Advertisement
Books

John Vercher: We now know contact sports are dangerous – so is it ethical to watch them?

In his latest novel about a MMA fighter, John Vercher explores the reality – and the morality – of the devastating effects of repeated trauma on an athlete’s brain

Memory is a funny thing. We often try to make its intangible nature concrete, whether in the digital photo albums on our phones or keepsakes from our childhood, or those of generations past.  

But the memories living in our minds are as fluid as the organic matter in which they reside, malleable and subject to change. Sometimes that change is intentional, misremembering things as they happened, reshaping a narrative to make us the heroes of our own stories. Other times, the changes come due to trauma or the ravages of age. And in some cases, both instances can be true. 

These were the ideas I wanted to explore in my second novel, After the Lights Go Out. It is the story of Xavier ‘Scarecrow’ Wallace, a late-thirties mixed-race professional MMA journeyman fighter coming up on the end of a year-long suspension from fighting. Xavier is suffering from the effects of chronic traumatic encephalopathy (CTE), or pugilistic dementia. He has short-term memory loss, crippling migraines and mood swings from depression and paranoia to violent rage.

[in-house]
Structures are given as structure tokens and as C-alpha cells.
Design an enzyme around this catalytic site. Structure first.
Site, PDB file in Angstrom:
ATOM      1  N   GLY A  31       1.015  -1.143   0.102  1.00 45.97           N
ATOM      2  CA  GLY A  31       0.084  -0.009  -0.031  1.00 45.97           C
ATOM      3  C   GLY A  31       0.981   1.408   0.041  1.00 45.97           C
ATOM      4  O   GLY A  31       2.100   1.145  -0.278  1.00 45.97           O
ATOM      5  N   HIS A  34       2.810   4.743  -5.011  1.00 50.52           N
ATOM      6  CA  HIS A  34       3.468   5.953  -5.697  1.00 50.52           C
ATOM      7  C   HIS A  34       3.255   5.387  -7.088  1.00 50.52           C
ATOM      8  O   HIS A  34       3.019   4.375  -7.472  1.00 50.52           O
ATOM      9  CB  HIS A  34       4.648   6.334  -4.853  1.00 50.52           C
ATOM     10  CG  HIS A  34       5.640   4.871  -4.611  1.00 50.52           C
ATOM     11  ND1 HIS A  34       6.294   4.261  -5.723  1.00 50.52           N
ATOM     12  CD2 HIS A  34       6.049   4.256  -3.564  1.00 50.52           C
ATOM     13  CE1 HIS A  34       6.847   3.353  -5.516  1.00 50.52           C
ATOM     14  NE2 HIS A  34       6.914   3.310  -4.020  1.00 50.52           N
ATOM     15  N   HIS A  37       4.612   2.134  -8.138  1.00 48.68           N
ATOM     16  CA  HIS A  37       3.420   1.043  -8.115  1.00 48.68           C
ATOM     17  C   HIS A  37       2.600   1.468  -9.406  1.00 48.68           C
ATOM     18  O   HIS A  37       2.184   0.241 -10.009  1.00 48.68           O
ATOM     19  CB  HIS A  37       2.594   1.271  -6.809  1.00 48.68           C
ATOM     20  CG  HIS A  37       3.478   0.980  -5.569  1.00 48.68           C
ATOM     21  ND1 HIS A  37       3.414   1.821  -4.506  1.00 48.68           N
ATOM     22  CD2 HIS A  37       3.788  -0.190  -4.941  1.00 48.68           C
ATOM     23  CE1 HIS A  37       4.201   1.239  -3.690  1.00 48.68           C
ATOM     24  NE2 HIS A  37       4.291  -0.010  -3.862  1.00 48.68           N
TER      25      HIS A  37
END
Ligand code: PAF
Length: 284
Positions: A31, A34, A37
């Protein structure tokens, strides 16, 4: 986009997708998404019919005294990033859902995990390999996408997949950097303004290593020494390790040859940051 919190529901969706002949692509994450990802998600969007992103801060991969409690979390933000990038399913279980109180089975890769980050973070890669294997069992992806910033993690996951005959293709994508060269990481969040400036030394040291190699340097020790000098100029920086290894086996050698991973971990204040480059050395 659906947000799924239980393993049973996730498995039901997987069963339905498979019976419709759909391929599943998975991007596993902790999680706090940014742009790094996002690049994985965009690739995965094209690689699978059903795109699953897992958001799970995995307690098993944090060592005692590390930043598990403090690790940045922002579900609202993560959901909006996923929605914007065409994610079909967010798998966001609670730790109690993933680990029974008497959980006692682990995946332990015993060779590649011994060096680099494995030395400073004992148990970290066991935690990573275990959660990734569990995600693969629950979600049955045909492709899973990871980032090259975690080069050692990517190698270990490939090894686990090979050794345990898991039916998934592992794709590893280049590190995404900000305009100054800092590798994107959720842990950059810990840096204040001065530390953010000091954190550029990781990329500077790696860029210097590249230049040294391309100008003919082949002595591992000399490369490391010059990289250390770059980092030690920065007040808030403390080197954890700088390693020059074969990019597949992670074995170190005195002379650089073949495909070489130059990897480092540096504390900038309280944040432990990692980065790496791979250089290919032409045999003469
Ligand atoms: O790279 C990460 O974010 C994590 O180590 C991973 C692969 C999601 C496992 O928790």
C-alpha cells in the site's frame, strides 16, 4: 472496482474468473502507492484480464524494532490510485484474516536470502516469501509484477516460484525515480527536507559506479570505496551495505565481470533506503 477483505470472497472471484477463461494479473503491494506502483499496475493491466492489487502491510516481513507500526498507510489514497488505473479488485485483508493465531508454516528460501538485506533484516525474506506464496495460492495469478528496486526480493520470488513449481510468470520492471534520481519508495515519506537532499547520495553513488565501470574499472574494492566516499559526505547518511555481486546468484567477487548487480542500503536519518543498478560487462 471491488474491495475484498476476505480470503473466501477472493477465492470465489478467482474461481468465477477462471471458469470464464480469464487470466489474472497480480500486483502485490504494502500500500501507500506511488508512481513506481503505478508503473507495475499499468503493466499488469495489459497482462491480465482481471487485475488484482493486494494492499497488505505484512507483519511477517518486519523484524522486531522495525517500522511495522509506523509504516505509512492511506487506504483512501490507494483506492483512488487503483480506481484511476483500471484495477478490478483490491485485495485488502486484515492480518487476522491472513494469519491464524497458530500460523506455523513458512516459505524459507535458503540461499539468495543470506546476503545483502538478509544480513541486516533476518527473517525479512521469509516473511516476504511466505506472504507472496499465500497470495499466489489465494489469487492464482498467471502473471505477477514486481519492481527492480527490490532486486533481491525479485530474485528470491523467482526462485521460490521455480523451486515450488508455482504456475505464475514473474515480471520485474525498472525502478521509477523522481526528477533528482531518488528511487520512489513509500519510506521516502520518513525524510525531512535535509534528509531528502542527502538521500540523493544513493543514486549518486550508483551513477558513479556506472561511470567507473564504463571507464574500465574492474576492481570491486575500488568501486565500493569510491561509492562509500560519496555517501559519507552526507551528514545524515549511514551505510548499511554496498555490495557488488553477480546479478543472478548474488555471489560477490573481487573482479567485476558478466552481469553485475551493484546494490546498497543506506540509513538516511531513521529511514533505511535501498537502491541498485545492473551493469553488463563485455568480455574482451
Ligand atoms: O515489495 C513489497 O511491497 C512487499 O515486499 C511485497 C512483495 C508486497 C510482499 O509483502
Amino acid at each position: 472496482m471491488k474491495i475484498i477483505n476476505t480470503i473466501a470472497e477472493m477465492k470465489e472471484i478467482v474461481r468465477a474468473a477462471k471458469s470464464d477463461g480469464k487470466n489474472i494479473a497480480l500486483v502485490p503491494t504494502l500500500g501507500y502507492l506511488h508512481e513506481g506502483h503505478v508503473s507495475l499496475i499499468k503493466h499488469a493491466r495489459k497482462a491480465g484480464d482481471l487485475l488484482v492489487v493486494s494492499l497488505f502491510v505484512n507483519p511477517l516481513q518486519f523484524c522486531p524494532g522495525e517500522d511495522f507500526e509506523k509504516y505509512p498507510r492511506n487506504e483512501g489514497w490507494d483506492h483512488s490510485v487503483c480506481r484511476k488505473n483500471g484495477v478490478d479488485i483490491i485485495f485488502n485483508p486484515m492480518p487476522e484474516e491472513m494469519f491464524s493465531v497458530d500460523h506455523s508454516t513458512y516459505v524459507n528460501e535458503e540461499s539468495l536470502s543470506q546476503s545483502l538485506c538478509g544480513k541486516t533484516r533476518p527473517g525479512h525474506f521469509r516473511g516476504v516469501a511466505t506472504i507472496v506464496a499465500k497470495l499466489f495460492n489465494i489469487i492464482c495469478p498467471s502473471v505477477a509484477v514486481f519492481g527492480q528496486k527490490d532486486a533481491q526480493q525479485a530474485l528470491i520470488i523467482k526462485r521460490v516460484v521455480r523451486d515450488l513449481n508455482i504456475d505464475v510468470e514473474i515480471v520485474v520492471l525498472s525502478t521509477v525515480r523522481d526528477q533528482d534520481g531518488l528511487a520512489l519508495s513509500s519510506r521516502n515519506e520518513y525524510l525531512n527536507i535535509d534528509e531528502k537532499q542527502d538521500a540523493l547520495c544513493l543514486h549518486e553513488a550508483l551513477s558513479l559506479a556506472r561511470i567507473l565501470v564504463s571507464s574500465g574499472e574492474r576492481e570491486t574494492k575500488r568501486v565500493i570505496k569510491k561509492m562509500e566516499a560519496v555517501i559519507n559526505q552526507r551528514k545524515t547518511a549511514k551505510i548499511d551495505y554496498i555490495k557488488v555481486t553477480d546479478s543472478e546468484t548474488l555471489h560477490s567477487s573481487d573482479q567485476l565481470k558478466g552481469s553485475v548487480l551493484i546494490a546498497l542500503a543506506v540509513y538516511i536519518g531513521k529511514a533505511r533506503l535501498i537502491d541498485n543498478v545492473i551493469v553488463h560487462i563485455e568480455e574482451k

Subscribe to The Big Issue

Support us

Take a print or digital subscription to The Big Issue and provide a critical lifeline to our work.

Working for his cousin and manager, Shemar “Shot” Tracy, a retired professional boxer, Xavier is also tasked with caring for his ageing white father, Sam, who is in the throes of late-stage Alzheimer’s. As Sam’s filters begin to fall away, he reveals the man he truly is, and Xavier gains insight into – and is forced to reconcile with – the reasons his Black mother left the family when Xavier was a teenager. 

Amid this drama, Xavier is offered a last-minute fight in the sport’s biggest promotion, but an incident at Shot’s gym puts Xavier in the pocket of dangerous people who, along with Xavier’s crumbling mind, put the chances to fight his last fight on his terms – let alone survive – in severe jeopardy. 

My childhood Saturday mornings were spent on the living room floor in the glow of our television watching Kung Fu Theater, while the evenings meant watching highlights of boxing greats like Hagler, Leonard, Hearns and Duran with my father. 

Advertisement
Advertisement

My obsession with combat sports led me to Tae kwon do training as a high schooler and mixed martial arts training as an adult, and even some amateur competitions in the kickboxing ring and the cage. As a mixed-race young man constantly on the search for a place I belonged, the training mats were a rare place where I felt truly at home.  

I also worked as a physical therapist for more than a decade in a variety of settings, from skilled nursing and home care to sports medicine, working with athletes at many levels. During that time, I saw the effects of both age and contact sports on the brain. Doing so caused me to see the sports I so loved in a different light. It raised a question in me – why do I continue to enjoy these sports when I know what it costs the athletes who participate in them?  

Ethical Shopping
Browse our range of books and support a social enterprise today.